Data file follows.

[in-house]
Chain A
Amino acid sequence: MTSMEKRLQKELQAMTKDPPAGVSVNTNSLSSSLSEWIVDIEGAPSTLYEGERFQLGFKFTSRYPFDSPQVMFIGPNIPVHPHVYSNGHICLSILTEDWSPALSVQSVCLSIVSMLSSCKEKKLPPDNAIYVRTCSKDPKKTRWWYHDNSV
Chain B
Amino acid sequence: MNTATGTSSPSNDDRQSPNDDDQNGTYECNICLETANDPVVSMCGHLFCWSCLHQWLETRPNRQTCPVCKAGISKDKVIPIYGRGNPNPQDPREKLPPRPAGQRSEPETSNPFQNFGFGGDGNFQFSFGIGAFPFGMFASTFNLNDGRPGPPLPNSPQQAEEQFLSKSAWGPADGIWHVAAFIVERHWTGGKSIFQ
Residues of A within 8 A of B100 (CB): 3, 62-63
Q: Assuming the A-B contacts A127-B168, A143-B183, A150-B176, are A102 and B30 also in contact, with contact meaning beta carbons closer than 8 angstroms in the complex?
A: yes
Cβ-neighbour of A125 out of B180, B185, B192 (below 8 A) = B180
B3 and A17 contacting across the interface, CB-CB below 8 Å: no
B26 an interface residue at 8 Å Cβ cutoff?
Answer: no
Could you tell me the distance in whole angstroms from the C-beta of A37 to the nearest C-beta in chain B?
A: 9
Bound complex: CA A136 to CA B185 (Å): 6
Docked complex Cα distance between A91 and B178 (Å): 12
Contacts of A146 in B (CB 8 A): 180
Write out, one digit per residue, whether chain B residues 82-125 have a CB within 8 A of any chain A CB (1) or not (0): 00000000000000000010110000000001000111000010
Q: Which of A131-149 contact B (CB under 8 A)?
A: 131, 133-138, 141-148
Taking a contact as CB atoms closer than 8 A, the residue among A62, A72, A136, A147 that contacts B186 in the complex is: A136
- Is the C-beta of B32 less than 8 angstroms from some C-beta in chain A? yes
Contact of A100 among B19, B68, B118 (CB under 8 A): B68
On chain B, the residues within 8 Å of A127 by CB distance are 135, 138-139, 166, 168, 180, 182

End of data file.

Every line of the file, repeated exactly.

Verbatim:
[in-house]
Chain A
Amino acid sequence: MTSMEKRLQKELQAMTKDPPAGVSVNTNSLSSSLSEWIVDIEGAPSTLYEGERFQLGFKFTSRYPFDSPQVMFIGPNIPVHPHVYSNGHICLSILTEDWSPALSVQSVCLSIVSMLSSCKEKKLPPDNAIYVRTCSKDPKKTRWWYHDNSV
Chain B
Amino acid sequence: MNTATGTSSPSNDDRQSPNDDDQNGTYECNICLETANDPVVSMCGHLFCWSCLHQWLETRPNRQTCPVCKAGISKDKVIPIYGRGNPNPQDPREKLPPRPAGQRSEPETSNPFQNFGFGGDGNFQFSFGIGAFPFGMFASTFNLNDGRPGPPLPNSPQQAEEQFLSKSAWGPADGIWHVAAFIVERHWTGGKSIFQ
Residues of A within 8 A of B100 (CB): 3, 62-63
Q: Assuming the A-B contacts A127-B168, A143-B183, A150-B176, are A102 and B30 also in contact, with contact meaning beta carbons closer than 8 angstroms in the complex?
A: yes
Cβ-neighbour of A125 out of B180, B185, B192 (below 8 A) = B180
B3 and A17 contacting across the interface, CB-CB below 8 Å: no
B26 an interface residue at 8 Å Cβ cutoff?
Answer: no
Could you tell me the distance in whole angstroms from the C-beta of A37 to the nearest C-beta in chain B?
A: 9
Bound complex: CA A136 to CA B185 (Å): 6
Docked complex Cα distance between A91 and B178 (Å): 12
Contacts of A146 in B (CB 8 A): 180
Write out, one digit per residue, whether chain B residues 82-125 have a CB within 8 A of any chain A CB (1) or not (0): 00000000000000000010110000000001000111000010
Q: Which of A131-149 contact B (CB under 8 A)?
A: 131, 133-138, 141-148
Taking a contact as CB atoms closer than 8 A, the residue among A62, A72, A136, A147 that contacts B186 in the complex is: A136
- Is the C-beta of B32 less than 8 angstroms from some C-beta in chain A? yes
Contact of A100 among B19, B68, B118 (CB under 8 A): B68
On chain B, the residues within 8 Å of A127 by CB distance are 135, 138-139, 166, 168, 180, 182